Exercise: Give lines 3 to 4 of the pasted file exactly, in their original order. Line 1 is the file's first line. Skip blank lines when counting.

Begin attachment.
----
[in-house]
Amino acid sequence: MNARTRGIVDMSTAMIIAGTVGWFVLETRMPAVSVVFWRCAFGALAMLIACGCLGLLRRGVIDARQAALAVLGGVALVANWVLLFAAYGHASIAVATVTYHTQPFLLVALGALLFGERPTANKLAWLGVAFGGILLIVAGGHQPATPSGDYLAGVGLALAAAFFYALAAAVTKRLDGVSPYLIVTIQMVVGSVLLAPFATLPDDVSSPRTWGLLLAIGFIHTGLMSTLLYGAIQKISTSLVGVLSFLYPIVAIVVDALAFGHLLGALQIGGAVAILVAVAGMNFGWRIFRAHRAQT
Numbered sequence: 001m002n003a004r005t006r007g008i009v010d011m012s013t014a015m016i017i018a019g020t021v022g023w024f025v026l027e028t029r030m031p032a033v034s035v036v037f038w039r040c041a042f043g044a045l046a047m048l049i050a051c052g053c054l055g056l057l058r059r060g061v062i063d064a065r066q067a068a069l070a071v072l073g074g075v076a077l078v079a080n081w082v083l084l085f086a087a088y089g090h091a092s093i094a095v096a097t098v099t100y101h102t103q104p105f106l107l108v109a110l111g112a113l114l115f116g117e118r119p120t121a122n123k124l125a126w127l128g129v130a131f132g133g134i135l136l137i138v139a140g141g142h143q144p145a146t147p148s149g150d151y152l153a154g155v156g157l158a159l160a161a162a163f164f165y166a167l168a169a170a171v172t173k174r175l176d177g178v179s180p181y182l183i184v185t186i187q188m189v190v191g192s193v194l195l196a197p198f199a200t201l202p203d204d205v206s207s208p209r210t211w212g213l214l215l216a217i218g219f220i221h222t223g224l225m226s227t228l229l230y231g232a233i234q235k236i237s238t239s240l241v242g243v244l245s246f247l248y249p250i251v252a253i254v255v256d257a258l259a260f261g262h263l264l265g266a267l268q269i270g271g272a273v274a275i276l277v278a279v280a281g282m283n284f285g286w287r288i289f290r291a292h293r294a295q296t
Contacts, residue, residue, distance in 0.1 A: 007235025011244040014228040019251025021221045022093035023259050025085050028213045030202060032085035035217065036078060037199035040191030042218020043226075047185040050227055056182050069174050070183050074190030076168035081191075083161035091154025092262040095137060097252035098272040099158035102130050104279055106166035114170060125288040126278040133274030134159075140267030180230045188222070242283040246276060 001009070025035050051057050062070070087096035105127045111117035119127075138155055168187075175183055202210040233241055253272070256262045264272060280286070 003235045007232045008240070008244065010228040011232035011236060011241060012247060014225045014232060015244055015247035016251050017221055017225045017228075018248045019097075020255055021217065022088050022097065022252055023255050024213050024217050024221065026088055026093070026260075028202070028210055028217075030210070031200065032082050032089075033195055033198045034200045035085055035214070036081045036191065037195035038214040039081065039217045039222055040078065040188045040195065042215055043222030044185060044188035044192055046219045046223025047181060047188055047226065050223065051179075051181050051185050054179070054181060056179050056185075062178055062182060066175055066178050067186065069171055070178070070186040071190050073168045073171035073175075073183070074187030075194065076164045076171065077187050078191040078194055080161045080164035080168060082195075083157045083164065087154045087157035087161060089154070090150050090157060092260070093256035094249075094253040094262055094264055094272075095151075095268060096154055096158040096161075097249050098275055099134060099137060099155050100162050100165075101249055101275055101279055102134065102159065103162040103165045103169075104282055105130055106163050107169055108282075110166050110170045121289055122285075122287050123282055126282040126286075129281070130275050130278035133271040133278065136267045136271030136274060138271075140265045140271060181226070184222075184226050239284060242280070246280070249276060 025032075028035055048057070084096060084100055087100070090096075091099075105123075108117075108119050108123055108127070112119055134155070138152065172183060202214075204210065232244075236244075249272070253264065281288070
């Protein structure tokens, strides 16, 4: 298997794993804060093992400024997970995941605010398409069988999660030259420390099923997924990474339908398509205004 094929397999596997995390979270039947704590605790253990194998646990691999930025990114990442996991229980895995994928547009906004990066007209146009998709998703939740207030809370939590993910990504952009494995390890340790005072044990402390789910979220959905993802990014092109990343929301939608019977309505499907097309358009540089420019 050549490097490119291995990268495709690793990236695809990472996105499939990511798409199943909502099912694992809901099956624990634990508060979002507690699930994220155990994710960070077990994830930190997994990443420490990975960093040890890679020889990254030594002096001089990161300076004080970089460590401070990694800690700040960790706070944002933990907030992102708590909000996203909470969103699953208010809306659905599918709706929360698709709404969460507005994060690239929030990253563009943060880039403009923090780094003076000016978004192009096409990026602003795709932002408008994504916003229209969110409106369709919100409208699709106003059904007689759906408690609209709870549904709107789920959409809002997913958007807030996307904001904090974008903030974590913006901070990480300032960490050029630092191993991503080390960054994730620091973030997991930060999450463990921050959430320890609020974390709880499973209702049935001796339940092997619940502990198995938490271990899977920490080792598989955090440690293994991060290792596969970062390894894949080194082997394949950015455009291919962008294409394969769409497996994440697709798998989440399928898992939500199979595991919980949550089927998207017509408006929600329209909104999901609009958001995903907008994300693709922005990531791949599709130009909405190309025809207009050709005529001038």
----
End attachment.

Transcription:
Numbered sequence: 001m002n003a004r005t006r007g008i009v010d011m012s013t014a015m016i017i018a019g020t021v022g023w024f025v026l027e028t029r030m031p032a033v034s035v036v037f038w039r040c041a042f043g044a045l046a047m048l049i050a051c052g053c054l055g056l057l058r059r060g061v062i063d064a065r066q067a068a069l070a071v072l073g074g075v076a077l078v079a080n081w082v083l084l085f086a087a088y089g090h091a092s093i094a095v096a097t098v099t100y101h102t103q104p105f106l107l108v109a110l111g112a113l114l115f116g117e118r119p120t121a122n123k124l125a126w127l128g129v130a131f132g133g134i135l136l137i138v139a140g141g142h143q144p145a146t147p148s149g150d151y152l153a154g155v156g157l158a159l160a161a162a163f164f165y166a167l168a169a170a171v172t173k174r175l176d177g178v179s180p181y182l183i184v185t186i187q188m189v190v191g192s193v194l195l196a197p198f199a200t201l202p203d204d205v206s207s208p209r210t211w212g213l214l215l216a217i218g219f220i221h222t223g224l225m226s227t228l229l230y231g232a233i234q235k236i237s238t239s240l241v242g243v244l245s246f247l248y249p250i251v252a253i254v255v256d257a258l259a260f261g262h263l264l265g266a267l268q269i270g271g272a273v274a275i276l277v278a279v280a281g282m283n284f285g286w287r288i289f290r291a292h293r294a295q296t
Contacts, residue, residue, distance in 0.1 A: 007235025011244040014228040019251025021221045022093035023259050025085050028213045030202060032085035035217065036078060037199035040191030042218020043226075047185040050227055056182050069174050070183050074190030076168035081191075083161035091154025092262040095137060097252035098272040099158035102130050104279055106166035114170060125288040126278040133274030134159075140267030180230045188222070242283040246276060 001009070025035050051057050062070070087096035105127045111117035119127075138155055168187075175183055202210040233241055253272070256262045264272060280286070 003235045007232045008240070008244065010228040011232035011236060011241060012247060014225045014232060015244055015247035016251050017221055017225045017228075018248045019097075020255055021217065022088050022097065022252055023255050024213050024217050024221065026088055026093070026260075028202070028210055028217075030210070031200065032082050032089075033195055033198045034200045035085055035214070036081045036191065037195035038214040039081065039217045039222055040078065040188045040195065042215055043222030044185060044188035044192055046219045046223025047181060047188055047226065050223065051179075051181050051185050054179070054181060056179050056185075062178055062182060066175055066178050067186065069171055070178070070186040071190050073168045073171035073175075073183070074187030075194065076164045076171065077187050078191040078194055080161045080164035080168060082195075083157045083164065087154045087157035087161060089154070090150050090157060092260070093256035094249075094253040094262055094264055094272075095151075095268060096154055096158040096161075097249050098275055099134060099137060099155050100162050100165075101249055101275055101279055102134065102159065103162040103165045103169075104282055105130055106163050107169055108282075110166050110170045121289055122285075122287050123282055126282040126286075129281070130275050130278035133271040133278065136267045136271030136274060138271075140265045140271060181226070184222075184226050239284060242280070246280070249276060 025032075028035055048057070084096060084100055087100070090096075091099075105123075108117075108119050108123055108127070112119055134155070138152065172183060202214075204210065232244075236244075249272070253264065281288070